Protecting your client's assets for long-term care is critical. Tapping into assistance from Medicaid can save many the average $72,000 annual bill for a nursing home. But to qualify for Medicaid, assets typically must be "spent down," to $2,000 to $3,000 in assets, depending on state law, Solkoff says. The patient's "community spouse" also must have state-limited assets-often $95,100.
In most states, for an immediate annuity to be considered an exempt asset for Medicaid, it generally must meet these conditions:
It must be irrevocable and nonassignable. This means it can't be redeemed or sold. "So all deferred annuities are countable as assets for Medicaid," notes Jeffrey Bloom, elder law attorney for Margolis & Associates, in Boston. This rule also eliminates some of the latest immediate that give a policyholder the option to withdraw cash are countable as assets. Typically, immediate annuities are irrevocable contracts.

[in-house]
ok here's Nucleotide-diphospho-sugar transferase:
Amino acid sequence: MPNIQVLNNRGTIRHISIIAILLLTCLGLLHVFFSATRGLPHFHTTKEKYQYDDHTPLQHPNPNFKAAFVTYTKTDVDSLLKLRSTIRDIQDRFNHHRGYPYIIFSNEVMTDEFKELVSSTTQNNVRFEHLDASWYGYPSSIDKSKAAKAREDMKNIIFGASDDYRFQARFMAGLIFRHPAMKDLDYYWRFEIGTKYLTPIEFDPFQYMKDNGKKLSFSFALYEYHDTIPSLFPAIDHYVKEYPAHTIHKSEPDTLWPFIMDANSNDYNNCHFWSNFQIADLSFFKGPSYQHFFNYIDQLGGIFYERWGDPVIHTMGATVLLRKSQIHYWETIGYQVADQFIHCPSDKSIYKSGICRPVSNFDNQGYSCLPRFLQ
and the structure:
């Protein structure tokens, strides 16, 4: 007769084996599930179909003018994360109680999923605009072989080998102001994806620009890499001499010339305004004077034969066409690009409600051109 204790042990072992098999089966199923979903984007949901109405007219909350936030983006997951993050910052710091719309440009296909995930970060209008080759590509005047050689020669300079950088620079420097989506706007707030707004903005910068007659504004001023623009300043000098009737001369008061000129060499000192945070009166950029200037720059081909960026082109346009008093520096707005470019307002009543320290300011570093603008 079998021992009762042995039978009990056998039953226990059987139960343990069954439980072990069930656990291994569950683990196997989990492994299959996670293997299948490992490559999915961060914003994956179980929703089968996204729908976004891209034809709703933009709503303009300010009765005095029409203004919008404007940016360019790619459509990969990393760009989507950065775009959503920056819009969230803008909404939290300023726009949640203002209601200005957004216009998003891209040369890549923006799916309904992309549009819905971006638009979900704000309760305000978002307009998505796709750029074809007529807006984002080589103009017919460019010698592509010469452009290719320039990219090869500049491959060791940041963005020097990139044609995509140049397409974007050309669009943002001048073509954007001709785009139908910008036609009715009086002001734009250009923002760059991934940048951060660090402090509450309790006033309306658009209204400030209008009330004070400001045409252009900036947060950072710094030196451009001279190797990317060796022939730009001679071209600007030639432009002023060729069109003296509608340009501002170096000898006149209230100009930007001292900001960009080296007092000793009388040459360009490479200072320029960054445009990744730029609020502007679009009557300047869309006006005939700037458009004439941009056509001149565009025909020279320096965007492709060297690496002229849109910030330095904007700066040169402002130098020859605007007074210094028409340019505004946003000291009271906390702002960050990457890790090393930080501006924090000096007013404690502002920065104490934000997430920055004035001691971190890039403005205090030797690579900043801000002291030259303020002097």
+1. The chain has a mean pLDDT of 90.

It must be actuarially sound. "An annuity has to pay you back, in theory, the entire purchase cost within the life expectancy set forth in tables promulgated by Medicaid," says Peter Strauss, elder law attorney with Epstein Becker & Green P.C., in New York. Beware, he says-federal mortality tables used for tax purposes or commercial tables won't work.
Failing to carefully disclose important information about an annuity to a client who is running out of money and could soon need Medicaid could get advisors in trouble with regulators, some say. Others say it could cause an advisor to run afoul of a growing number of suitability regulations. The problem: Many who may need the income from an immediate annuity really don't know if they will go into a nursing home in the near future.